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MINT AERO (some text hidden)
BY ANDY ENRIGHT
Introductionword count: 105
Saab likes to play up its aerospace associations. Whilst the Saab 9-5 hasn't been a soaraway success in terms of UK sales, it's business class credentials make it worth a look on the used market. Often denied a take off slot by rivals from Audi, BMW and Mercedes-Benz, the 9-5 is a stylish partner for the long haul traveller. With the 9-5, Saab gained clearance to enter the big league, and the car has quietly proved itself capable of taking on the establishment. Saab customers are a loyal bunch. Land a used 9-5 and you may be tempted to upgrade to their frequent flyer club.
Modelsword count: 24
Models Covered: 4 dr saloon & 5 dr estate [2.0t, 2.0t SE, 2.3t, 2.3t SE, 3.0 V6t, 3.0 V6t SE, 3.0V6t Griffin, Aero, Airflow]
Historyword count: 426
The 9-5's immediate predecessor, the 9000 series, was a bold attempt by Saab to share underpinnings with Lancia, Fiat and Alfa Romeo. Often seen today, this concept was maybe a little before its time when the range was launched in 1989. Since being enveloped by General Motors, Saab has been able to express its Swedish-ness whilst dipping into a vast pool of expertise. The 9-5 model rides on an extended version of Vauxhall's Vectra floorpan, but anybody expecting repmobile ambience will be pleasantly surprised by it. Introduced in June 1997, the 9-5 range initially consisted of the 2.0-litre and 2.3-litre cars, in either standard or SE specification. The 2.0-litre models were powered by an 'Ecopower' light pressure turbocharged four cylinder engine that developed 150bhp. The 2.3-litre cars used similar turbocharger technology in order to provide smooth power delivery, and these four cylinder engines produced 170bhp. All of the 2.0 and 2.3-litre cars were four-door cars, available with either a five-speed manual gearbox or a four-speed automatic option. The 3.0-litre cars were introduced in February 1998 and boasted a 200bhp engine. These were available only with the four-speed automatic box. In July 1998 a mechanically identical luxury version of the V6 was launched, christened the Griffin. October 1998 saw the range supplemented by handsome five door estate versions. In 1999 a more sporting option was launched, the Aero. This was a 2.3-litre car fitted with an aggressive bodykit, and suspension modifications designed to handle all 230bhp the 'HOT' designated engine now developed. Saab had turned back the clock to old-school 'big bang' turbocharging with some panache. The mean look was well received and the Saab 9-5 'Airflow' range of cars was introduced in January 2000, giving the four cylinder cars a more sporting appearance. These cars lasted until that Autumn when Saab introduced a series of range upgrades and added a more powerful 185bhp 2.3-litre petrol engine to sit above the existing 150bhp 2.0-litre unit. The range received a facelift in summer 2001, with a different grille, bigger bumpers and some interior tweaks. The Aero's engine was boosted to 250bhp and a 3.0-litre diesel model, the TiD, was announced alongside a 2.2-litre diesel unit purloined from the 9-3 range. The 3.0-litre V6 petrol engine was ditched in autumn 2003 to make way for a more powerful, more economical, less expensive and less dirty 2.3T powerplant boasting a hefty 220bhp wallop. A further hefty facelift in the later stages of 2005 brought a sleeker look to the 9-5 front end. There were even bioethanol fuelled versions to consider.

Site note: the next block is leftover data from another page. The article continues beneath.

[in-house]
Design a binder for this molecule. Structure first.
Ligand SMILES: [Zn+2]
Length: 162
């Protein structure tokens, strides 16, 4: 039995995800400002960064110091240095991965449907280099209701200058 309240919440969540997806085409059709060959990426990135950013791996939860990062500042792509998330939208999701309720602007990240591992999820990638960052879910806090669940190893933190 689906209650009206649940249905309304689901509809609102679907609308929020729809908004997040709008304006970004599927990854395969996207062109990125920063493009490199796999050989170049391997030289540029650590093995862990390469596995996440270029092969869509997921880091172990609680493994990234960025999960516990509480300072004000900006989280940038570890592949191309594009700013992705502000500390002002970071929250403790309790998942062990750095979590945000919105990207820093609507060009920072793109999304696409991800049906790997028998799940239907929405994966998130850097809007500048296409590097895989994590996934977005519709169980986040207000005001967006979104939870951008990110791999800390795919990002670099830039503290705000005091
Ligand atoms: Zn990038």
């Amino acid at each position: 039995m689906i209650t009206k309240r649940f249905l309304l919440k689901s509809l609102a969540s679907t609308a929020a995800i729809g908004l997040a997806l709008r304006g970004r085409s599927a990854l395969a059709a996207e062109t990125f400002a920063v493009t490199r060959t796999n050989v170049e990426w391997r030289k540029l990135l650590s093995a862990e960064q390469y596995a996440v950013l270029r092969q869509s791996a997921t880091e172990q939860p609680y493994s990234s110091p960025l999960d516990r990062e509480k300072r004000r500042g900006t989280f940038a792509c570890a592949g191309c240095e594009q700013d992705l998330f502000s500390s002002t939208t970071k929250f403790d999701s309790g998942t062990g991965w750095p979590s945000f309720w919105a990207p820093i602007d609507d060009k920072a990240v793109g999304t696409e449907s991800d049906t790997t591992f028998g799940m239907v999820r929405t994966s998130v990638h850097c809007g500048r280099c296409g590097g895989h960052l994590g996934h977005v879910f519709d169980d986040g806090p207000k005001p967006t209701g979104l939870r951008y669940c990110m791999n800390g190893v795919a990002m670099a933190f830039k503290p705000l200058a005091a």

What You Getword count: 233
Sit in a 9-5 and it is still very much a Saab. Fears that the essentially quirky character of the Swedish manufacturer would be ironed out by General Motors have, thankfully, not materialised. You are still faced with a sheer wall of dashboard, the ignition key still slots home just ahead of the handbrake, and the bonnet is still of the original 'clam shell' style. The 'interesting' styling of Saab's not so distant past has mellowed, and the 9-5's is a far cry from the quirky 9000 shape. Aiming to highlight the relative expense of rival offerings, Saabs have generous standard equipment. Ski flaps, heated mirrors and outside temperature gauges on all models perhaps betray the 9-5s Scandinavian origins, but that's part of the charm. The provision of wood veneer trimmed interiors and leather steering wheels reaches down to SE designated models at prices which make rival Audis and BMWs look away in embarrassment. The Griffin models have had the whole options list thrown at them, and the results are impressive. These features include metallic paint, multi function computer, leather upholstery with ventilated front seats and a 200-watt, nine-speaker stereo system. The estate variants, whilst not rivalling the Volvo range for sheer capacity, are nonetheless worthy additions to the range. Interior space in all 9-5 models is significantly good, and there's a logic, albeit a Scandinavian logic, to the layout of the controls.
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Category: Luxury Saloons and Estates
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